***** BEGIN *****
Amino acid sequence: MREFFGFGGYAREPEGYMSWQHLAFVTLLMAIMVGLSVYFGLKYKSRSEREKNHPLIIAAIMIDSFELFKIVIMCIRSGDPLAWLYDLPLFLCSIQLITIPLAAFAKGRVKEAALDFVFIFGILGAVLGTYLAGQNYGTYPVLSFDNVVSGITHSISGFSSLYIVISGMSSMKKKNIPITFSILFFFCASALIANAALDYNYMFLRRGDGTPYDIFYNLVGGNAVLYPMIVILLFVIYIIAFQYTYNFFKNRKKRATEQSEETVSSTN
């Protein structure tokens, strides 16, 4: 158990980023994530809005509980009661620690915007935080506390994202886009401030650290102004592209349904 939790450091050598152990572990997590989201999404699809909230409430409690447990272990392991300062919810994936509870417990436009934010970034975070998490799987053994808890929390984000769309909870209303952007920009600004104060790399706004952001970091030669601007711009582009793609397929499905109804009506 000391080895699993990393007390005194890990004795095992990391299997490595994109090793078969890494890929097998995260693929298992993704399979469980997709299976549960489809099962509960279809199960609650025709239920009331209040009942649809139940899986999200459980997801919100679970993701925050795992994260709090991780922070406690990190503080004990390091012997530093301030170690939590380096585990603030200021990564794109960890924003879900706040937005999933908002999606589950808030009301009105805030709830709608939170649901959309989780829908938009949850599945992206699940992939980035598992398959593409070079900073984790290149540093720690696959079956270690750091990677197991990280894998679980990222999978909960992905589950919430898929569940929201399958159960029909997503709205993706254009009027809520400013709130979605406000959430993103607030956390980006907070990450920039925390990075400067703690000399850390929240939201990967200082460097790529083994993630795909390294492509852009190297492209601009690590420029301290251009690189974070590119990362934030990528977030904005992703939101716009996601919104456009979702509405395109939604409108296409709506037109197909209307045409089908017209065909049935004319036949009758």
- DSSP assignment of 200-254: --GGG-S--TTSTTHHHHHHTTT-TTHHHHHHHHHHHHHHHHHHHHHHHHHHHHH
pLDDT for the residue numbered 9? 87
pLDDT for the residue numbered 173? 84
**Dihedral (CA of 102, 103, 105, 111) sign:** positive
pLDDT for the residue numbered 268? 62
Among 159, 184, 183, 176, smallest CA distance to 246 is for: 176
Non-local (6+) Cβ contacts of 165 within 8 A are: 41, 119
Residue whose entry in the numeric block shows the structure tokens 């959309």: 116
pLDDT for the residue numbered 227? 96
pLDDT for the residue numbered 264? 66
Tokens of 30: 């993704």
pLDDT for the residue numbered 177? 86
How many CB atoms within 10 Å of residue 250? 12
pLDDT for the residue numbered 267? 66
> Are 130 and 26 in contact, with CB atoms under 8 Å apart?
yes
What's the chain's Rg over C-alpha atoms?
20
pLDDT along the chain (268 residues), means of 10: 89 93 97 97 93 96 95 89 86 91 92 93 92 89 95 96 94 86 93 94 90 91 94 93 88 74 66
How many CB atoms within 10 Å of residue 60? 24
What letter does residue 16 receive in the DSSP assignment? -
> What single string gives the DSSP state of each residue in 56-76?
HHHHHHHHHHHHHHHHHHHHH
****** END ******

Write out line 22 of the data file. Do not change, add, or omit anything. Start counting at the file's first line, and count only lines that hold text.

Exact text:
How many CB atoms within 10 Å of residue 60? 24